- filling the tank each time you buy fuel
- writing down litres bought, total mileage and trip mileage each time you buy fuel
- resetting the trip counter before you leave the gas station, every time
|You've been writing this stuff down, somewhere.|
|A simple example, from the Land of Easy Math.|
So after doing that, "are you frightened? Not nearly frightened enough!" (it's from some movie) Perhaps your number is really low, like the example, which is from my diesel standard-shift Golf. Lots of vehicles will give results between 6 and 10 L/100 km. Below this range your vehicle's fuel use could be called Really Quite Good; above it, would be, well ... Really Not So Good. I'm being somewhat arbitrary, and maybe a bit smug -- diesel standard-shift Golf -- so if you'd like to make comparisons try Natural Resources Canada or www.fueleconomy.gov.
But if, as Aragorn said, you're "not nearly frightened enough" by that number let's try another one. Carbon dioxide is the second-most abundant greenhouse gas in the atmosphere, and being number two it tries harder: it's becoming more abundant over time due mainly to anthropogenic sources, Your vehicle, and mine, are anthropogenic sources. So let's figure out how much CO2 our vehicles emit, starting with mine.
|My Golf' may not have feet, but it has a carbon footprint.|
To turn the fuel consumption number for my diesel Golf into carbon dioxide released, simply multiply it by 2.7 ... as in diesel engines typically release about 2.7 kilograms of carbon dioxide per litre of fuel burned (2.7 kg CO2/L). >>>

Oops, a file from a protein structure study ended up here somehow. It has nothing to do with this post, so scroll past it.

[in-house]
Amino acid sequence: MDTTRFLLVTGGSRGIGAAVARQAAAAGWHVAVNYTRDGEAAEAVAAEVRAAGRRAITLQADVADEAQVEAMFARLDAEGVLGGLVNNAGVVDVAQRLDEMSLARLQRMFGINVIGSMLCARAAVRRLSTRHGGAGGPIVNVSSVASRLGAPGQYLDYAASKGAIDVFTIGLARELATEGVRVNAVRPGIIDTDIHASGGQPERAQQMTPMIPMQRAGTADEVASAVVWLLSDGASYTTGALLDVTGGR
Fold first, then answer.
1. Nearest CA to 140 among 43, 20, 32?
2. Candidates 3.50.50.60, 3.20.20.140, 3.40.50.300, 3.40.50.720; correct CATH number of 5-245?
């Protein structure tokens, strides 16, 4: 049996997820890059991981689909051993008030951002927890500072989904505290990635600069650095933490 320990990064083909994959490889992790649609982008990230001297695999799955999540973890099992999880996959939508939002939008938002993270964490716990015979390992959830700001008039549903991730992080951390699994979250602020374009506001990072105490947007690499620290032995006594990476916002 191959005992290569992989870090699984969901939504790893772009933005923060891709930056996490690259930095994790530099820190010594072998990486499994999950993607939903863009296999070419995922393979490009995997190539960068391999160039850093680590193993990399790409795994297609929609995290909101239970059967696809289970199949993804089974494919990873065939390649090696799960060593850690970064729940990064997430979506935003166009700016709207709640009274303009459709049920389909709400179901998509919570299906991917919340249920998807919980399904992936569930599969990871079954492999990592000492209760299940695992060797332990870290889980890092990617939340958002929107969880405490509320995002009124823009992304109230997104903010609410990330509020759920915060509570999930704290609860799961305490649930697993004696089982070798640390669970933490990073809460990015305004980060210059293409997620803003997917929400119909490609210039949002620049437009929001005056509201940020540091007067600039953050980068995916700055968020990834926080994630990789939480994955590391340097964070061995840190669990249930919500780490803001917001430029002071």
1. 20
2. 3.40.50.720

|Gas-buring vehicles have a carbon footprint too.|
Now it's your turn. If you managed to get the same fuel comsumption of 5 L/100 km, but with a gasoline-burning engine, your numbers would look
<<< like this.
Except you probably wouldn't get those numbers. Diesel engines release more CO2 per litre, but they use a lot less fuel, roughly 65% of what a comparable gas engine uses. So between diesel and gas, diesel is usually the better choice for a smaller carbon footprint.
Is the math over yet? Not quite -- one more conversion for you. A magical way to turn fuel consumption into fuel economy, to make you fluently bilingual in both litres and mpgs.
|Do you speak mpgs?|
The two slides spell it out. If you were born and raised in L/100 km but want to converse in miles per gallon, go here >>>
|It takes longer to say it in L/100 km.|
And if your first tongue is mpgs but you want to speak litres like a native,
<<< go here.
Okay, math time is over! This is a starting point for reducing your fuel use, a real-world handle on part of your environmental impact. Reducing it not just by driving more efficiently, but also by making non-car choices. Now that you know your numbers you can do something about them. Sort of like cholesterol.
In Planning for Getting There Green - Part 3 we explore those other two planning tools, weather forecasts and shopping lists. Without all the math.
It's free, it's fun, and it's wherever you are!